Monthly Archives: March 2020

John Kenneth Galbraith on the Pleasures of His Life

“One of my greatest pleasures in writing has come from the thought that perhaps my work might annoy someone of comfortably pretentious position. Then comes the saddening realization that such people rarely read.”

John Kenneth Galbraith

Excerpted from: Winokur, Jon, ed. The Big Curmudgeon. New York: Black Dog & Leventhal, 2007.

Super Bowl III

Finally, today, here is a high-interest reading on Super Bowl III along with its vocabulary-building and comprehension worksheet.

If you find typos in these documents, I would appreciate a notification. And, as always, if you find this material useful in your practice, I would be grateful to hear what you think of it. I seek your peer review.

Use the Proper Case of Pronoun.

[If you need this as a learning support in Microsoft Word it’s under that hyperlink.]

“10. Use the proper case of pronoun.

 The personal pronouns, as well as the pronoun who, change form as they function as subject or object.

Will Jane or he be hired, do you think?

 The culprit, it turned out, was he.

 We heavy eaters would rather walk than ride.

 Who knocks?

 Give this work to whoever looks idle.

In the last example, whoever is the subject of looks idle; the object of the preposition to is the entire clause whoever looks idle. When who introduces a subordinate clause, its case depends on its subject in that clause. (N.B. The first two sentences are incorrect, the second two are correct.)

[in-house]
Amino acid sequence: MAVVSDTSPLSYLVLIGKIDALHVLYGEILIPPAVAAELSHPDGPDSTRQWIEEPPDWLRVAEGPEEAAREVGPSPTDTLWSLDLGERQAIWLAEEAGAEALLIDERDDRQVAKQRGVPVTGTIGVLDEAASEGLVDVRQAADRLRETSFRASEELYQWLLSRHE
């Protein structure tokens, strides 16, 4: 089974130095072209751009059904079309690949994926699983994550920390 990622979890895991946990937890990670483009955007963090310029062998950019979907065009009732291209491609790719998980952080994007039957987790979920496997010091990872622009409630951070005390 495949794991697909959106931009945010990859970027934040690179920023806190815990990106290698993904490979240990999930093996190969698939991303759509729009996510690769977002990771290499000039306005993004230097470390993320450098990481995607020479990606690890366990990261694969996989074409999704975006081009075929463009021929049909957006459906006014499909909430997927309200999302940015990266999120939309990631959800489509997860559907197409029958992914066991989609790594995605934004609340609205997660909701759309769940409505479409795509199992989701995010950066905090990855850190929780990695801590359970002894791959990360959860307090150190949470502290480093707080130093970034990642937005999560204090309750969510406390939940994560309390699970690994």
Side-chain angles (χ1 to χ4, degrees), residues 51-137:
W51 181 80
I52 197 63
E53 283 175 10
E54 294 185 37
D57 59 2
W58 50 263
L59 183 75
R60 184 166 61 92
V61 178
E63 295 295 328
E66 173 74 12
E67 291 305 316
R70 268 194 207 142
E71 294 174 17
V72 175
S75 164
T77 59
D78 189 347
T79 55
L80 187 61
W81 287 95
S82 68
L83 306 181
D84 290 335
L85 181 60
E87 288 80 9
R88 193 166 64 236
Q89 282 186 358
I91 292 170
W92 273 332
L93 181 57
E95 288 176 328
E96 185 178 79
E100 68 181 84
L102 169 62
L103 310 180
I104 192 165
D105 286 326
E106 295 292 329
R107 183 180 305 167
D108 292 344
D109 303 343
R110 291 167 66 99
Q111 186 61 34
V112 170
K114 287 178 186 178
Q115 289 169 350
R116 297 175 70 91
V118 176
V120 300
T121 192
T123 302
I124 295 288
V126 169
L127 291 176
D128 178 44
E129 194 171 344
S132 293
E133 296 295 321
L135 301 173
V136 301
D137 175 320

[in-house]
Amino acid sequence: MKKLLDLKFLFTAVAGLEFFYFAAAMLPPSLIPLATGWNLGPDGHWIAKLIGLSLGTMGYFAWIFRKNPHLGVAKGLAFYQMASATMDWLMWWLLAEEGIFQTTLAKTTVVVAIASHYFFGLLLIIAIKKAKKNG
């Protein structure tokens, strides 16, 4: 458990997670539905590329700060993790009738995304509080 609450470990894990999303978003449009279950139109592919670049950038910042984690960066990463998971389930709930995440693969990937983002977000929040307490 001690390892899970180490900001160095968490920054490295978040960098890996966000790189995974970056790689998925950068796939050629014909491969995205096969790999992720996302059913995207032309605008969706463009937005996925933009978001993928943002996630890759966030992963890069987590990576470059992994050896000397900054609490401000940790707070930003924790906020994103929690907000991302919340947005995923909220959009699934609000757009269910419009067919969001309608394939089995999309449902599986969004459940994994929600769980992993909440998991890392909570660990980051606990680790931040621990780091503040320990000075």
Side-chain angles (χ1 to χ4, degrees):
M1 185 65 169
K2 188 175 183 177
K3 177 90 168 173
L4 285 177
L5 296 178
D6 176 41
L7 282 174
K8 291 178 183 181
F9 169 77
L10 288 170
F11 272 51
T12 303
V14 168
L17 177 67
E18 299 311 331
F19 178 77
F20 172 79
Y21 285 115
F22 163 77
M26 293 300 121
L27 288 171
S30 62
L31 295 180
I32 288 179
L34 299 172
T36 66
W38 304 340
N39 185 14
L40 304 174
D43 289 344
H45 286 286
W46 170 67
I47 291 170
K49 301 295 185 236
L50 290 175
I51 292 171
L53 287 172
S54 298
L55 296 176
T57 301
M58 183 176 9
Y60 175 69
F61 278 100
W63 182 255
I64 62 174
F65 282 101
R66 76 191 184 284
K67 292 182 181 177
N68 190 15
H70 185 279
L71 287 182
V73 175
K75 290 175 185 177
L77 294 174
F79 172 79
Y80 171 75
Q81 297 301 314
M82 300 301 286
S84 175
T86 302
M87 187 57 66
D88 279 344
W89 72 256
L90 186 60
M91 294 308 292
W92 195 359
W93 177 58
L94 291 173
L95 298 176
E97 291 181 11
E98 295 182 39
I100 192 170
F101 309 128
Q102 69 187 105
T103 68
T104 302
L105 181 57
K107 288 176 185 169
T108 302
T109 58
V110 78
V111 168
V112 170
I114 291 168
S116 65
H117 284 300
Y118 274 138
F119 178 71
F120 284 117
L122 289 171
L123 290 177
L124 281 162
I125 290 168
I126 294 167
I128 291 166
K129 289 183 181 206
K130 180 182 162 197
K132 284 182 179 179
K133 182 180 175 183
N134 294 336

Virgil Soames is the candidate whom we think will win.

Virgil Soames is the candidate who we hope to elect.

Virgil Soames is the candidate who we think will win [We think he will win.]

Virgil Soames is the candidate whom we hope to elect. [We hope to elect him.]

A pronoun in a comparison is nominative if it is the subject of a stated or understood verb.

Sandy writes better than I. (Than I write.)

In general avoid “understood” verbs by supplying them.

I think Horace admires Jessica more than I.

I think Horace admires Jessica more than I do.

Polly loves cake more than me.

Polly loves cake more than she loves me.

The objective case is correct in the following examples.

The ranger offered Shirley and him some advice on campsites.

They came to meet the Baldwins and us.

Let’s talk it over between us, then, you and me.

Whom should I ask?

A group of us taxpayers protested.

Us in the last example is in apposition to taxpayers, the object of the preposition of. The wording, although grammatically defensible, is rarely apt. “A group of us protested as taxpayers” is better, if not exactly equivalent.

Use the simple personal pronoun as subject. (N.B. The first sentence is incorrect, the second sentence is correct.)

Blake and myself stayed home.

Blake and I stayed home.

Howard and yourself brought the lunch, I thought.

Howard and you brought the lunch, I thought..